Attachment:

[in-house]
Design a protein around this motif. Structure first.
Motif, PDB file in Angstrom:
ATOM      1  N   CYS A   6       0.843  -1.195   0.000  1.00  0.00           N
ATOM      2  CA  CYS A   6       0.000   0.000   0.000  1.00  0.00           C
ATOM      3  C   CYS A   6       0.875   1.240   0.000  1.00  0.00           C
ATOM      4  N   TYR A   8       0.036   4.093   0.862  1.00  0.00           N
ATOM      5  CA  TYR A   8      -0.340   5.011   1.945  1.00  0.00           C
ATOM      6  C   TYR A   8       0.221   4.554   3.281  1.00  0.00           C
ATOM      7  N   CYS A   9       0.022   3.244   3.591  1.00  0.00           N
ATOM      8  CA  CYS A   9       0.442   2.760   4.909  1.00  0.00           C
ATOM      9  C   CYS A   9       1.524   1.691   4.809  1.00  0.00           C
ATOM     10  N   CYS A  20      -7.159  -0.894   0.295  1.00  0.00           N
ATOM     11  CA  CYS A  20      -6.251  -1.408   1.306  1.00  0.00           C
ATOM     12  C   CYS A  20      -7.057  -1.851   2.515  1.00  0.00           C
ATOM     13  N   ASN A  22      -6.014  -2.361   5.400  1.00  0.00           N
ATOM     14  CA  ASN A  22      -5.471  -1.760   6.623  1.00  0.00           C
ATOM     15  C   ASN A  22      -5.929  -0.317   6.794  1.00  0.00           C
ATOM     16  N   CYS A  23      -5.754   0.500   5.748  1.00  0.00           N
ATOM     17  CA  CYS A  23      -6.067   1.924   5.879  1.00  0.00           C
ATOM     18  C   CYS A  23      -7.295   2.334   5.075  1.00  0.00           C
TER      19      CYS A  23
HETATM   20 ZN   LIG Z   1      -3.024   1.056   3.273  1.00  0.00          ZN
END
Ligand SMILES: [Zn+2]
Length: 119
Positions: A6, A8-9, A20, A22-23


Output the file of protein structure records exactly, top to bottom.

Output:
[in-house]
Design a protein around this motif. Structure first.
Motif, PDB file in Angstrom:
ATOM      1  N   CYS A   6       0.843  -1.195   0.000  1.00  0.00           N
ATOM      2  CA  CYS A   6       0.000   0.000   0.000  1.00  0.00           C
ATOM      3  C   CYS A   6       0.875   1.240   0.000  1.00  0.00           C
ATOM      4  N   TYR A   8       0.036   4.093   0.862  1.00  0.00           N
ATOM      5  CA  TYR A   8      -0.340   5.011   1.945  1.00  0.00           C
ATOM      6  C   TYR A   8       0.221   4.554   3.281  1.00  0.00           C
ATOM      7  N   CYS A   9       0.022   3.244   3.591  1.00  0.00           N
ATOM      8  CA  CYS A   9       0.442   2.760   4.909  1.00  0.00           C
ATOM      9  C   CYS A   9       1.524   1.691   4.809  1.00  0.00           C
ATOM     10  N   CYS A  20      -7.159  -0.894   0.295  1.00  0.00           N
ATOM     11  CA  CYS A  20      -6.251  -1.408   1.306  1.00  0.00           C
ATOM     12  C   CYS A  20      -7.057  -1.851   2.515  1.00  0.00           C
ATOM     13  N   ASN A  22      -6.014  -2.361   5.400  1.00  0.00           N
ATOM     14  CA  ASN A  22      -5.471  -1.760   6.623  1.00  0.00           C
ATOM     15  C   ASN A  22      -5.929  -0.317   6.794  1.00  0.00           C
ATOM     16  N   CYS A  23      -5.754   0.500   5.748  1.00  0.00           N
ATOM     17  CA  CYS A  23      -6.067   1.924   5.879  1.00  0.00           C
ATOM     18  C   CYS A  23      -7.295   2.334   5.075  1.00  0.00           C
TER      19      CYS A  23
HETATM   20 ZN   LIG Z   1      -3.024   1.056   3.273  1.00  0.00          ZN
END
Ligand SMILES: [Zn+2]
Length: 119
Positions: A6, A8-9, A20, A22-23